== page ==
International Rising Talents Program
Australian quantum physicist, Dr Jacq Romero from the University of Queensland has been selected as an International Rising Talent from 275 of the best National and Regional Fellows.
The L'Oréal-UNESCO For Women in Science program International Rising Talents are presented to fifteen promising young women, from each world region (Africa and the Arab States, Asia-Pacific, Europe, Latin America and North America). The International Rising Talents are already making significant contributions in their disciplines, and are highlighted as future game changers in science.
Dr Jacq Romero will receive €15,000 in prize money for her outstanding contribution to advances in science. The award will be presented at a ceremony on March 14th at the UNESCO’s headquarters in Paris.
2019 International Rising Talent - Dr Jacq Romero
Dr Jacq Romero is a quantum physicist, focuses on how information is encoded, specifically looking at higher dimensional quantum information. Jacq’s research explains the nature and behaviour of matter and energy at the atomic and subatomic level. In particular, she is exploring how an infinite number of possible shapes of photons—particles of light‑—can be used to encode information at a higher capacity.
Jacq will provide the first experimental evidence to an existing theory to verify the fundamental differences in the way information works for larger quantum alphabets, compared to the classical encoding system we use today.
Jacq creates large quantum alphabets (which are encoding systems) using a less well known property of light, known as the orbital angular momentum (or OAM). The OAM is the rotation of a light beam as it travels in a straight line, and there are infinite different possible OAMs for a beam of light, which means the alphabet Jacq creates have the ability to encode information at a much larger capacity (theoretically infinite).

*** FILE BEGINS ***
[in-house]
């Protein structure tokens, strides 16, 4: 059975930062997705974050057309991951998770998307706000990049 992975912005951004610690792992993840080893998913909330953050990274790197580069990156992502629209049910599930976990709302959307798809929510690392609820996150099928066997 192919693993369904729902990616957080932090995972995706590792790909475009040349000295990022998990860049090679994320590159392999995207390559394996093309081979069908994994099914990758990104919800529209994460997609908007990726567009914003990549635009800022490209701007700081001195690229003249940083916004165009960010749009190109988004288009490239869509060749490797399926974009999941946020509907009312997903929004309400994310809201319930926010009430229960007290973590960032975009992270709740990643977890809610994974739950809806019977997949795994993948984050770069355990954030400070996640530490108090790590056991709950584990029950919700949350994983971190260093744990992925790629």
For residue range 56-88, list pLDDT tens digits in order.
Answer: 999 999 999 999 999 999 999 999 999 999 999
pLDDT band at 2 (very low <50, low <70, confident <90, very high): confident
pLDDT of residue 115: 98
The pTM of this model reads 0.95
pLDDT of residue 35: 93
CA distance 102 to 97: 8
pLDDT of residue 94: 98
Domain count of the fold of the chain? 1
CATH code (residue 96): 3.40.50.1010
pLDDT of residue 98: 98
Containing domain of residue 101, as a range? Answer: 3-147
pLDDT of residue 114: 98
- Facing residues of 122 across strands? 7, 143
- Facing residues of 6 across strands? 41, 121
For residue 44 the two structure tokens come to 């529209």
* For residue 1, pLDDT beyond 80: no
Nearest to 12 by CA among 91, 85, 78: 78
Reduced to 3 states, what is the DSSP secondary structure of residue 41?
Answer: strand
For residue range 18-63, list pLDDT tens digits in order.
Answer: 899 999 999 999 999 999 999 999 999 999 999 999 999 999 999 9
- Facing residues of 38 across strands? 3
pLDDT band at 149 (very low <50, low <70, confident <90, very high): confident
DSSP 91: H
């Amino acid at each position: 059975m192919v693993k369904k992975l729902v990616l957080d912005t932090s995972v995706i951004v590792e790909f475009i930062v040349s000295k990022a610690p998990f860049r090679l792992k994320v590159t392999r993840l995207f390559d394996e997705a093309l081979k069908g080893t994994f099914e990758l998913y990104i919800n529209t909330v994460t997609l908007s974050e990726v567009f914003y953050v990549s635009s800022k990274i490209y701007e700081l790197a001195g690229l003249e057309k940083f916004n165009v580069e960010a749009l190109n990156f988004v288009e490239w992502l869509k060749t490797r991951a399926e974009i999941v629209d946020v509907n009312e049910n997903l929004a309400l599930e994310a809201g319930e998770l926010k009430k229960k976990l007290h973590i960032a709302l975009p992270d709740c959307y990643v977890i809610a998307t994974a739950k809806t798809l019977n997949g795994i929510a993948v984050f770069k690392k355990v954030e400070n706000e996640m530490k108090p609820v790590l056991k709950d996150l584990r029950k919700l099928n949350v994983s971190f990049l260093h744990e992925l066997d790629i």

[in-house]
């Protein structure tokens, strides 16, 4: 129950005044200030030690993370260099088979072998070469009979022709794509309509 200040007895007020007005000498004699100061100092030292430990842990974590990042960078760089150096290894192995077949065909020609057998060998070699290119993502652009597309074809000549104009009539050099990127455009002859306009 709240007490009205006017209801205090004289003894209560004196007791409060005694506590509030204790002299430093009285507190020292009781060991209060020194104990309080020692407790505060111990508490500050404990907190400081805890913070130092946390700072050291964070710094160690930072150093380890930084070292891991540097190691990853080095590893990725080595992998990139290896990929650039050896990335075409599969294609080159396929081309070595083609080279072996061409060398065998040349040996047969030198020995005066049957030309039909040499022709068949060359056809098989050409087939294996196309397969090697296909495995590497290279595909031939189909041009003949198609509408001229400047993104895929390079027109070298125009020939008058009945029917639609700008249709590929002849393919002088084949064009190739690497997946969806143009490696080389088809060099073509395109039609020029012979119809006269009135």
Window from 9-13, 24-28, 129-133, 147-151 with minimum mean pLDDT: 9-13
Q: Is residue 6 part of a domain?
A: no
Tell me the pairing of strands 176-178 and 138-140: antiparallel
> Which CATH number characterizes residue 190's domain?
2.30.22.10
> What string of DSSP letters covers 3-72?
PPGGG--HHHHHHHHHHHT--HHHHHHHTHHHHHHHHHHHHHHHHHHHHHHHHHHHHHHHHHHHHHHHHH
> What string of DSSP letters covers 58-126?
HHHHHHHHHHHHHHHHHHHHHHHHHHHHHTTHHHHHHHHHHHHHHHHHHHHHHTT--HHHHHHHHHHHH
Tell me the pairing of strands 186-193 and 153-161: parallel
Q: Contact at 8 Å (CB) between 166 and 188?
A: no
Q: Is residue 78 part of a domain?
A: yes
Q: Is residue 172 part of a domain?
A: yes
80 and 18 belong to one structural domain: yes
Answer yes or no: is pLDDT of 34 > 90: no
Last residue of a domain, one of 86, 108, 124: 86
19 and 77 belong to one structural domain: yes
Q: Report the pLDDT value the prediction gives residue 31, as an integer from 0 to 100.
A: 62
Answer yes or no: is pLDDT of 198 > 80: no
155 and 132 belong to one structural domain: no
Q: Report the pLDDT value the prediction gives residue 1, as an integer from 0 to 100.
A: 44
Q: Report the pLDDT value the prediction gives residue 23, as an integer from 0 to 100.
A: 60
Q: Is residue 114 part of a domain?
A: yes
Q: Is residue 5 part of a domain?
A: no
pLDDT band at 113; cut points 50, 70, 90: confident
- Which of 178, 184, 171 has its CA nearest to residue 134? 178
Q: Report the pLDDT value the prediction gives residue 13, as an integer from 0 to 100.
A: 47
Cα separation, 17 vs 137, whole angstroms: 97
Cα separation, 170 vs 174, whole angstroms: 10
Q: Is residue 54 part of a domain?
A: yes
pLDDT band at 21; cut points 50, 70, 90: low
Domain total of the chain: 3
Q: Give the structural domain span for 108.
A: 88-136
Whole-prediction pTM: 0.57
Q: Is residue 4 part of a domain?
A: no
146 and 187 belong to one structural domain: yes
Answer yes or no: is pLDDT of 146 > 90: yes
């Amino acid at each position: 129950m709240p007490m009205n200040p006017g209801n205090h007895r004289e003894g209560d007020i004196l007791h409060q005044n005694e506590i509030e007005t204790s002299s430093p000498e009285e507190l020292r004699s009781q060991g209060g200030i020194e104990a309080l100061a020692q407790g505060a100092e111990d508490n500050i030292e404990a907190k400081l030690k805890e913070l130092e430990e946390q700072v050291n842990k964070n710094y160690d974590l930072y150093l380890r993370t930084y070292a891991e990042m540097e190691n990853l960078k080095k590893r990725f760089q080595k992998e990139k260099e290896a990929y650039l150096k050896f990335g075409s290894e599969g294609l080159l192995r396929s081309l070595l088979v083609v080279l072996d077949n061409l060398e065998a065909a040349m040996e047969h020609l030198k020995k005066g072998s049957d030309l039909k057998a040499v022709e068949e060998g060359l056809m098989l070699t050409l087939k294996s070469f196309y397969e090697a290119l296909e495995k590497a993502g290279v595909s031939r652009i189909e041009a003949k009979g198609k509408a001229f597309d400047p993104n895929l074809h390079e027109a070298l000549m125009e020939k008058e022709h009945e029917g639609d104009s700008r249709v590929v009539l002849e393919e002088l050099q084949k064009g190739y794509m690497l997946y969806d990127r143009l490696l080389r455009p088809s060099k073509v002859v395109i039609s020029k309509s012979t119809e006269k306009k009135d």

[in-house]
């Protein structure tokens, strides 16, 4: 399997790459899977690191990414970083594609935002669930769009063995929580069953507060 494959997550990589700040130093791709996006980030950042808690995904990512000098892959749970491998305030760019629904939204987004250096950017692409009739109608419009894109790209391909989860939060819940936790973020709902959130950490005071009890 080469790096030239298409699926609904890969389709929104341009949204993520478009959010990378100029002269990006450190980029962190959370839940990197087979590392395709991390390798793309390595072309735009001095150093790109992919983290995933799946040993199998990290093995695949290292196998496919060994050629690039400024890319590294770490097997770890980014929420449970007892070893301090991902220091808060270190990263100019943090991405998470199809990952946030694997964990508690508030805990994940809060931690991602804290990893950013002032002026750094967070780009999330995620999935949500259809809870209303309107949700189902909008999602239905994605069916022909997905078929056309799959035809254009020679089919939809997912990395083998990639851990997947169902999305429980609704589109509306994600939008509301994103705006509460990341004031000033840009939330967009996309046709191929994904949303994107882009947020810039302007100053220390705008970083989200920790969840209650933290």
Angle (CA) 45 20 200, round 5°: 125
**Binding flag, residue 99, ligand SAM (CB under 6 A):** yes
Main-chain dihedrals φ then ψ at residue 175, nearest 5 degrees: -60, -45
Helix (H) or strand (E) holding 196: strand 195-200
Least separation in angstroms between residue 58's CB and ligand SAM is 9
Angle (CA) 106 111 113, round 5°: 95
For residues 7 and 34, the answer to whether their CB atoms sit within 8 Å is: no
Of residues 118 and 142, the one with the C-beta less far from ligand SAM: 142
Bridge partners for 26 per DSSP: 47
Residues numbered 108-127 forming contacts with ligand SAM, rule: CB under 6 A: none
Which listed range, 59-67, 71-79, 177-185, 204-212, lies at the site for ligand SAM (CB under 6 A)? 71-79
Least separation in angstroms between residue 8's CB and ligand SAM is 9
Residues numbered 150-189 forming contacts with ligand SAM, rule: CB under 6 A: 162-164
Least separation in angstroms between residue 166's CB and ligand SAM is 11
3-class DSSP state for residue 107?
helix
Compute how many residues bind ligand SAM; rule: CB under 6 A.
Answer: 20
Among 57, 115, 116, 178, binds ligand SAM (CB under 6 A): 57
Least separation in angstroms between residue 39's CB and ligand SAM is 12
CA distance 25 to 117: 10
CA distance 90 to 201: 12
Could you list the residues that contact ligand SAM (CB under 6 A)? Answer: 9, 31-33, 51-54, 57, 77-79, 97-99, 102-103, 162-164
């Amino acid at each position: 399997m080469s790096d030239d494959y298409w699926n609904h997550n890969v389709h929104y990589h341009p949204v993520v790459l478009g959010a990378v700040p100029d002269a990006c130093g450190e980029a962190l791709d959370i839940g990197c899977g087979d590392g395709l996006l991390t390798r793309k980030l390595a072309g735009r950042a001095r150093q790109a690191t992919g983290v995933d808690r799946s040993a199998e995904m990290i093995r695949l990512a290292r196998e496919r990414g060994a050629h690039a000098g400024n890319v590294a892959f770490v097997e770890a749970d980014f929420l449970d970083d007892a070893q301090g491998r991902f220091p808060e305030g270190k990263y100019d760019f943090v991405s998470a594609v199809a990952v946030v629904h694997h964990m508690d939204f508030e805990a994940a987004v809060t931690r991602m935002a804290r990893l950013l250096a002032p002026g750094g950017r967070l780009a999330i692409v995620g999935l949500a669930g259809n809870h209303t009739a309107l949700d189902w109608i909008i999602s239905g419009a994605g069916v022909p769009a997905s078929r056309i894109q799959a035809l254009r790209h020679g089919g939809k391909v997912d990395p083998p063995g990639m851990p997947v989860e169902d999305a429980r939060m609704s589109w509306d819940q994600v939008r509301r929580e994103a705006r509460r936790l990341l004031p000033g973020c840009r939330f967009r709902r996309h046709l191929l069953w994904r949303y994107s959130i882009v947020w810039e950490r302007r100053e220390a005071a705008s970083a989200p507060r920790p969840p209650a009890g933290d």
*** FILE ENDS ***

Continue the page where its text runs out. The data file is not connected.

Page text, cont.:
Jacq’s findings will provide critical knowledge as we start to access more of the benefits of the quantum world. The exploration of quantum information opens up many exciting possibilities as we are able to view and manipulate information differently. Ultimately, this could lead to reliably secure communication, help conserve data privacy and guard against the growing risk of cyberattacks, and deliver more powerful computation.
Her journey to push the boundaries of quantum information began in the Philippines, where she was encouraged by her school teachers to pursue science, even participating in national physics competitions. “It was just beautiful to me, how the rules of physics can describe the natural world so powerfully,” she recalls. “I enjoy the creative and problem solving process. The fun I have is really the reward!” At university, Dr Jacq Romero joined an established optics research group, before identifying an opportunity to pursue an experimental quantum physics PhD at the University of Glasgow.
As part of a minority of women in quantum science, she believes improving the representation of women in science requires a fundamental cultural change, starting at school, where girls’ and boys’ sense of wonder and curiosity should be equally nurtured.
In addition to mentorship, strong female role models at every stage of the scientific career path would send positive signals to aspiring women scientists, she suggests. Importantly, inclusivity and gender diversity should be framed in the context of productivity, with leaders creating the supportive environment that would help women scientists return to peak professional performance after having a child.
“Winning a L’Oréal-UNESCO FWIS fellowship has given me a national platform to show that women, particularly mothers, can succeed in science,” she concludes. “People are inspired by stories and I think my journey is a story that could do so much to inspire young girls and young women scientists.”
If science could achieve anything, Dr Jacq Romero would like to see scientific research help solve the major social inequalities that exist in our world.